Repurposing the HP39GII?



#12

Has anyone given thought to whether this is feasible? I have yet to get my hands on one, but the thought of an HP48/50 core with a high-res screen sounds appealing.


#13

Viable for sure, but its footprint is too large IMHO. YMMV

#14

The SoC used in the 39GII doesn't seem to have any real documentation publicly available. There's an SDK that you have to pay big bucks for. Hacking up some replacement firmware is definitely possible, but looks like it would be a lot of work, possibly involving a fair amount of reverse-engineering.


#15

Quote:
The SoC used in the 39GII doesn't seem to have any real documentation publicly available. There's an SDK that you have to pay big bucks for. Hacking up some replacement firmware is definitely possible, but looks like it would be a lot of work, possibly involving a fair amount of reverse-engineering.

How much are we talking for an SDK? And on that note, is it possible to still purchase the SDK kit for older models (HP48, HP50)?

Han


#16

Quote:
How much are we talking for an SDK?

It's an SDK for the Freescale (formerly SigmaTel) STMP3770 SoC chip, not the calculator, and it reportedly costs $12,000. The chip is intended for use in MP3 players and the like, and the vendor does not want to sell or support it for anything but high-volume products.

According to the Rockbox wiki, the part is functionally similar (but not identical) to the STMP3780/i.MX233, for which there is Linux support. It might be possible to get Linux running on the 39gII hardware, but it would probably drain the batteries too quickly to be useful as a basis for calculator firmware. (Linux power management is more suited to rechargeable Lithium batteries than to disposable alkalines.) However, the Linux device drivers might be useful as an example of how the various blocks in the SoC are programmed.

Quote:
is it possible to still purchase the SDK kit for older models (HP48, HP50)?

There wasn't anything comparable for the chips used in the 48/49g or 49g+/50g. However, the documentation for the Samsung ARM SoC used in the 49g+ and 50g is readily available, unlike the SoC in the 39gII.

#17

Quote:
..to the STMP3780/i.MX233, for which there is Linux support.

I'd designed an audio player a few years back based on the imx233.
In that application it seems a reasonable contender although the
system power budget assumption is considerably beyond what I'd want
in a calculator feeding from primary cells. Also the integrated
power management controller is specifically designed to interface
with a Li ion cell.

Linux support at the time was a little weak, and IIRC unsavory dependencies existed on a windoZe host environment which
required hoop jumping to sidestep. From my conversations
with both Freescale and Chumby, I had the impression Chumby was
"the" beta customer for the product in general and in particular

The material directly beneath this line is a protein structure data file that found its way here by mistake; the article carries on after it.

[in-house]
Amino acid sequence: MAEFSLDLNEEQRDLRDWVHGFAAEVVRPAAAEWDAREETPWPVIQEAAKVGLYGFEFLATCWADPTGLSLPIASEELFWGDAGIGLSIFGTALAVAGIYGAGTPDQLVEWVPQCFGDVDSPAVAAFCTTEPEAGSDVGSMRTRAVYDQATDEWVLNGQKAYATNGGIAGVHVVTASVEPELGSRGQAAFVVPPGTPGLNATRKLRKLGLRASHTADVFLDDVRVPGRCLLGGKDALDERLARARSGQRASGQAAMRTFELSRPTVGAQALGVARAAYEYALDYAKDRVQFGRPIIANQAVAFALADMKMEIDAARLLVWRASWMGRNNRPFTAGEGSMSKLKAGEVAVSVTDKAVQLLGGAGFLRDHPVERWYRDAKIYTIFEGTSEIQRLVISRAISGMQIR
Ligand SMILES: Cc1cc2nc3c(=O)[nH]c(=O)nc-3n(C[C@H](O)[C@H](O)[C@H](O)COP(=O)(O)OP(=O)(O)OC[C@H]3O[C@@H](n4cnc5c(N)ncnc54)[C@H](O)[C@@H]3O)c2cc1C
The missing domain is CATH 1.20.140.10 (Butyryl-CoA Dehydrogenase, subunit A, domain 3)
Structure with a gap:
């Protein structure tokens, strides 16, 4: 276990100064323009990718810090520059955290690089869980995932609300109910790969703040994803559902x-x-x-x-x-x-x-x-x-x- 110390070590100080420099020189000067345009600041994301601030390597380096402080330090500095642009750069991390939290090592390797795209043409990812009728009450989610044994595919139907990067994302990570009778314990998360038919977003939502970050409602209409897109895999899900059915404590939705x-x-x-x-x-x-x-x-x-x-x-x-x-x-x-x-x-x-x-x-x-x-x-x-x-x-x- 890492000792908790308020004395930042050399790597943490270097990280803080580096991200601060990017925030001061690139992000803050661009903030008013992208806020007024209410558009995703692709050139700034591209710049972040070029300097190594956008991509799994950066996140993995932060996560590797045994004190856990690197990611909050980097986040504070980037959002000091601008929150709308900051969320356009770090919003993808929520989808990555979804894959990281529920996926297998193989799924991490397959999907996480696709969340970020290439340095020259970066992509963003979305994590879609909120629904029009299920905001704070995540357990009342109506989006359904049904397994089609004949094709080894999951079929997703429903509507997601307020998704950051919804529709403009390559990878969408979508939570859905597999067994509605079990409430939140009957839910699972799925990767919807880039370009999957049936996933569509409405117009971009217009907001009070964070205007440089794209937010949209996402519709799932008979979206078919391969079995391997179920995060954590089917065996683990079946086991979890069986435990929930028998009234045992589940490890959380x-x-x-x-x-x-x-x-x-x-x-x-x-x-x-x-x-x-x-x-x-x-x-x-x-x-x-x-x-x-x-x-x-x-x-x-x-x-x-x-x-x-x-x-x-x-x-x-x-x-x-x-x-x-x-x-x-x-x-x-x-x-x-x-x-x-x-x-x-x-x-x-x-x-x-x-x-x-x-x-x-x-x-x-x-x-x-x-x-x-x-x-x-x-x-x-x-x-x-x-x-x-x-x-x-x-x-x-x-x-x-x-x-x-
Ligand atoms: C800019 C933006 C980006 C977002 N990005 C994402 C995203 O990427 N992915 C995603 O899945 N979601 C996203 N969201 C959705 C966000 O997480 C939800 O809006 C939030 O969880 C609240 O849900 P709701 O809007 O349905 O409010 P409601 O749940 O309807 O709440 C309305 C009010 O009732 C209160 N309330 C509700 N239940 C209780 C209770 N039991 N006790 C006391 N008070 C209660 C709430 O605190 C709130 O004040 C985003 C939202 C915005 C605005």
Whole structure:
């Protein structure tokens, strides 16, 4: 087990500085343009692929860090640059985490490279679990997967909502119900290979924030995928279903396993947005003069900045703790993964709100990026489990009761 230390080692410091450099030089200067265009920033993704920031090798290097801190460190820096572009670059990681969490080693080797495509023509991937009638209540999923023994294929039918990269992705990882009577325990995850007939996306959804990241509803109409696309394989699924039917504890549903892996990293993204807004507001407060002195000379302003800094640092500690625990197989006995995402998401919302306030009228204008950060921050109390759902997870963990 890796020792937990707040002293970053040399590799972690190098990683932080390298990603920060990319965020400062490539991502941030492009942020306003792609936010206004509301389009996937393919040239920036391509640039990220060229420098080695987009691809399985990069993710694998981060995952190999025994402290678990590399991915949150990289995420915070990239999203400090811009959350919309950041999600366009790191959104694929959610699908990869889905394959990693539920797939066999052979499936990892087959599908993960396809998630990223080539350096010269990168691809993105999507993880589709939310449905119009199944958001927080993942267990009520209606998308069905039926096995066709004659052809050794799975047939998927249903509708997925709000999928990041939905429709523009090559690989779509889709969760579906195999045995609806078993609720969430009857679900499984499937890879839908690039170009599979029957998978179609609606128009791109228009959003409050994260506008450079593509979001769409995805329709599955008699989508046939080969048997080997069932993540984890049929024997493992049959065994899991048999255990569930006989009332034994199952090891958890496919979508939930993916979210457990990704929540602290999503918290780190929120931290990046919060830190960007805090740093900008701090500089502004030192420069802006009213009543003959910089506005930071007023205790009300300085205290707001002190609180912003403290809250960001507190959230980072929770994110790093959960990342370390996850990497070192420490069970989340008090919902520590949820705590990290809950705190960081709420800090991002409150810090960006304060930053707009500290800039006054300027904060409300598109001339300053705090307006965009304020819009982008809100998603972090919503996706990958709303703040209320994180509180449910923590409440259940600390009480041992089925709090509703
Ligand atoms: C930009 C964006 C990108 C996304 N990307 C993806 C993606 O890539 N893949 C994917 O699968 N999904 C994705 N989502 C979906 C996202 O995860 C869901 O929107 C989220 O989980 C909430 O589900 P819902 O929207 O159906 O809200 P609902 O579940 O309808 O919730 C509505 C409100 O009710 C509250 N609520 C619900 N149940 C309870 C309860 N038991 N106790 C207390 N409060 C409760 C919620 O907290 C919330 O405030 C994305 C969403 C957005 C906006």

for the Linux tooling subsequently released by Freescale.

Embedded linux as a runtime framework for calculator firmware,
although complete overkill, would be quite nice from a
more-room-to-swing-the-hammer perspective. But current
SoC integration density and resulting power consumption isn't
there yet and IMHO you'd essentially end up with a repackaged
cell phone or media player. The race then is between the scaling
up of deeply embedded SoCs vs. the increasing
inefficiency and bloat of the linux kernel, userland libs, and toolchain.


#18

Linux for a calculator is complete overkill unless you've got plenty of excess hardware. About the smallest linux port I've heard of is uClinux for the GameBoy Advance. The hardware has 256k of RAM and essentially unlimited ROM. Linux in under a megabyte of ROM/flash is possible but usually requires a compressed image which means RAM is needed to unpack this into -- perhaps not for a calculator.

I'd prefer the resources used to be dedicated to calculating not an operating system.


- Pauli


#19

Quote:
Linux in under a megabyte of ROM/flash is possible but usually requires a compressed image which means RAM is needed to unpack this into -- perhaps not for a calculator.

The kernel image could easily be XIP in flash if need be.
However the kernel text is typically a footnote in the
overall RWM budget.

Quote:
I'd prefer the resources used to be dedicated to calculating not an operating system.

Agreed. But at some point the inefficiency will become
tolerable for good or ill,
which is why such hybrids as uClinux have encroached into
the problem space. That said I'd suspect we're at least a
decade away from a compelling reason to horseshoe a
full virtual memory posix api, etc.. in a dedicated
pocket calculator.


#20

Quote:
The kernel image could easily be XIP in flash if need be.

From memory it is run this way on the GameBoy.


Quote:
But at some point the inefficiency will become
tolerable for good or ill,

Of course. When you've multiple megabytes of RAM and flash, running a linux or similar kernel isn't a problem. You pick up device drivers for USB attachments, SD cards, displays. And lots of software libraries.


- Pauli

#21

Oh I think I may have misunderstood "SDK" then. I was thinking an SDK kit would basically include the source to the current ROM, and various compilers/linkers and documentation for the current hardware. At $12,000 it appears you probably also get tech support and possibly even hardware for testing.

Since the chip is an ARM chip, I wonder how much we could probably figure out just from opening up the calculator and comparing what we see with the chip datasheet (address lines, data lines, etc)... somewhat like what was done during the hp49g+ emulation days.

As for a compiler, any decent ARM compiler should get us through some of the basics. Maybe I'll have to invest in an HP39GII to open up.

Edit: oh I just realized you said the datasheets are not available =(


Edited: 2 Oct 2012, 10:47 p.m.

#22

Great idea!


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